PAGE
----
Tag Archives: soil

From Other Blogs: Heart-healthy recipes, World Hearing Day, lowering your cancer risk & more

A collection of health and environmental posts from other governmental blogs.

Five tips towards a delicious heart healthy recipe

You don’t have to purchase new cookbooks to create delicious, heart healthy recipes your whole family will love. There are plenty of low-fat, low-calorie options for making your comforting family favorites more heart healthy right now. Just one or more changes can make a huge difference. — From Flourish, Palmetto Health’s blog

Five important numbers to know for heart health

Learning these five heart health numbers can help you improve and maintain your heart health. Once you know your numbers, you can talk with your doctor about how to best manage and lower your risks for heart disease. — From Flourish

World Hearing Day: March 3rd. “Hear the future … and prepare for it.”

Repeated exposure to loud noise over the years can cause hearing loss. There is no cure for hearing loss! Protect your hearing by avoiding loud noise such as concerts and sporting events. Use earplugs or noise-cancelling headphones to protect your ears. If you already have hearing loss, take steps to keep it from getting worse. — From the Centers for Disease Control and Prevention’s (CDC) Your Health — Your Environment blog

Lowering Your Cancer Risk: A Matter of Ups and Downs

Think of listening to your favorite song. No matter what kind of music it is, someone was behind the scenes making it sound great: bringing out certain parts or instruments, balancing it, getting rid of background noise.

Cutting your cancer risk is a little bit like making great music. — From the CDC’s The Topic Is Cancer blog

Soil Health Practices for Mitigating Natural Disasters

The Federal Emergency Management Agency (FEMA) reports that more than 25 million Americans – almost 8 percent of the population – were affected by major disasters in 2017. From severe flooding in Puerto Rico and Texas to mudslides and wildfires in California, major natural disasters in 2017 cost over $306 billion nationally. According to the National Oceanic and Atmospheric Administration’s National Centers for Environmental Information, this is a new annual record. — From the US Department of Agriculture blog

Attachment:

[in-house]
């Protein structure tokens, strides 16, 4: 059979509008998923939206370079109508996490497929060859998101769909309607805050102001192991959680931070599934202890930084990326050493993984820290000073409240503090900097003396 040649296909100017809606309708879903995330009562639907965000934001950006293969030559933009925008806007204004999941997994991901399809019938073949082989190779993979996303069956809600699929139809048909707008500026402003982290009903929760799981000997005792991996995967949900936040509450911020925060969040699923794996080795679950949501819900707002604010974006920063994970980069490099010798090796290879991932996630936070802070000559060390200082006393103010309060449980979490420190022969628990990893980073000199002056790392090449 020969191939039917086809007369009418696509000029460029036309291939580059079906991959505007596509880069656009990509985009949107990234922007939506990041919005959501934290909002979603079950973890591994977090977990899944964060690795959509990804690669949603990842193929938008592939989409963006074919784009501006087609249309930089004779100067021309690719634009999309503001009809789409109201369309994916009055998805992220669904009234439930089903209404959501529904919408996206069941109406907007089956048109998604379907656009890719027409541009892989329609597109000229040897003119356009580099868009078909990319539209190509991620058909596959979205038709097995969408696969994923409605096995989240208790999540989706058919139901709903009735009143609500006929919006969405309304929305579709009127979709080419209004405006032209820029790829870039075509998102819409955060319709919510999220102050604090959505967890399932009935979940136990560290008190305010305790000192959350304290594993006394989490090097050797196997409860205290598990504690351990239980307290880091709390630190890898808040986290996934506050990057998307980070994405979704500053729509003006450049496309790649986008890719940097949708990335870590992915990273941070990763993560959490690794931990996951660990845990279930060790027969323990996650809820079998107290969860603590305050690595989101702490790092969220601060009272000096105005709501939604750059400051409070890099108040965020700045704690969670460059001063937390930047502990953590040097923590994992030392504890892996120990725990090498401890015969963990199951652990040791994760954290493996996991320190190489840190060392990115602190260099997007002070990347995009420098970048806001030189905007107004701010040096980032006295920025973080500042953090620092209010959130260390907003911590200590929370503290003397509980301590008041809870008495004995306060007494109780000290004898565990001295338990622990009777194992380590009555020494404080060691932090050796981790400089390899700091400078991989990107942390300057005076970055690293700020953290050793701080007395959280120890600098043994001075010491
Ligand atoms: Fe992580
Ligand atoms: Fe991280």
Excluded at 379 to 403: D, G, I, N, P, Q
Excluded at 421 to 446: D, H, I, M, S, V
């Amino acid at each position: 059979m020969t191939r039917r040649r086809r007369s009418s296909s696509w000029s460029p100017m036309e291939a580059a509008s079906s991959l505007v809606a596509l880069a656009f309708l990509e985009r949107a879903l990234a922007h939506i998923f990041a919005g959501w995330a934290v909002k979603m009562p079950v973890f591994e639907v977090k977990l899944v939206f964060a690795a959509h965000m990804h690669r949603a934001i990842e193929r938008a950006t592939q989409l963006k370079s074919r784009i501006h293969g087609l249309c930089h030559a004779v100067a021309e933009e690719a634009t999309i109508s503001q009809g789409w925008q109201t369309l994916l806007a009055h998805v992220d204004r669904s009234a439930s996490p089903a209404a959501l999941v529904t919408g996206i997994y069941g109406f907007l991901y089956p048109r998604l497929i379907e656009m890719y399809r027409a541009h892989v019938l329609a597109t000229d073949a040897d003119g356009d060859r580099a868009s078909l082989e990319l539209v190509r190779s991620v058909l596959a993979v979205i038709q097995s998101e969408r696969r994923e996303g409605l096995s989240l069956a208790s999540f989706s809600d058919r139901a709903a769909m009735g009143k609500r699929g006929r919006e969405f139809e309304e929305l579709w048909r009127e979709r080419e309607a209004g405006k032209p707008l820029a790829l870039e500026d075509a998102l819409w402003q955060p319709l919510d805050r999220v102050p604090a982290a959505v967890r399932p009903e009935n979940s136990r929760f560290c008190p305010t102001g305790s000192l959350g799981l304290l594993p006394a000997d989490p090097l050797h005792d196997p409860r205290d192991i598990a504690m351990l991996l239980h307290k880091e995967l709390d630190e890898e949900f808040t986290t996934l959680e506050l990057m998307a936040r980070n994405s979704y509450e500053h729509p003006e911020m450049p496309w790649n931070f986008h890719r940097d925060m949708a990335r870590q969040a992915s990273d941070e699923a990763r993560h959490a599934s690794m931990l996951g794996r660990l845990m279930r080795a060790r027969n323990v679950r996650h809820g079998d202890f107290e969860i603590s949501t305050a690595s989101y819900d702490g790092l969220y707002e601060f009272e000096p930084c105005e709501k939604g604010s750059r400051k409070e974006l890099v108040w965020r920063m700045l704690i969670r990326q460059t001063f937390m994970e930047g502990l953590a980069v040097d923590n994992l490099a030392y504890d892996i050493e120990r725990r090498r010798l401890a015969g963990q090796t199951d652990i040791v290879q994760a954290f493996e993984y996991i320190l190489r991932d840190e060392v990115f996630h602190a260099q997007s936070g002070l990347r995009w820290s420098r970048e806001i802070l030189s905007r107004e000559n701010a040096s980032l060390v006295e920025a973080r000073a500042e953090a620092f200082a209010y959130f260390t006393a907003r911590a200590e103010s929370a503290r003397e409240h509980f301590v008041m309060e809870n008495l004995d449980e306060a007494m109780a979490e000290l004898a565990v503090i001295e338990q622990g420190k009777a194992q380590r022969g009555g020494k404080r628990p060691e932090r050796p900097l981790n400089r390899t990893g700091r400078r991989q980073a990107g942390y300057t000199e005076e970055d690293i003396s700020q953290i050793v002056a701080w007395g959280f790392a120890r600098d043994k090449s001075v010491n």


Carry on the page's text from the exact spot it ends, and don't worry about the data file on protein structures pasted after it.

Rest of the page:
From Other Blogs: Avoiding foodborne illnesses, norovirus, protecting the Earth’s ‘Thin Skin’ & more

A collection of health and environmental posts from other governmental blogs.

Don’t Get Roasted by Foodborne Illnesses this Winter

The holidays are all about sharing, having fun and, of course…food!!! I bet you will agree that a good holiday get-together always includes delicious traditional dishes or special recipes.

If you are hosting a holiday party this winter, you have probably already started thinking about treating your guests to a delectable menu. There are endless recipes and traditional holiday dishes that will reappear or make a debut at your dinner table; however, foodborne illnesses should not be part of the feast. While food is something to look forward to this season, foodborne illnesses is not. — From the U.S. Department of Agriculture (USDA) blog

Norovirus Illness is Messy – Clean Up Right Away

When norovirus strikes in your own home, you can be prepared by having the supplies you need to immediately clean up after a loved one vomits or has diarrhea.

Norovirus is a tiny germ that spreads quickly and easily. It causes vomiting and diarrhea that come on suddenly. A very small amount of norovirus can make you sick. The number of virus particles that fit on the head of a pin is enough to infect over 1,000 people. — From the Centers for Disease Control and Prevention’s (CDC) Public Health Matters blog

Protecting the Earth’s ‘Thin Skin’

Though remarkably thin, soil makes up a layer of the Earth’s crust that’s vital to human survival. The soil is a living, breathing thing that, like the body’s skin, requires care and attention lest we lose its many benefits. — From the USDA blog

Farmers Keeping Nutrients on the Field, Out of Streams

Clean water is a priority for all of us. When farmers manage nutrients, they are also helping to minimize the runoff of nutrients into local streams and rivers.

Farmers rely on two major nutrients in fertilizer — nitrogen and phosphorus — to help crops grow. When excess fertilizer leaves the field and enters local waterways in surface water runoff, those nutrients cause algae in the water to bloom much faster than it would under normal conditions. The algae eventually breaks down, and the bacteria involved in decomposition deplete oxygen in the water to unhealthily low levels. Ultimately, fish and other aquatic organisms often die as a result of this oxygen depletion. This process is called eutrophication. — From the USDA blog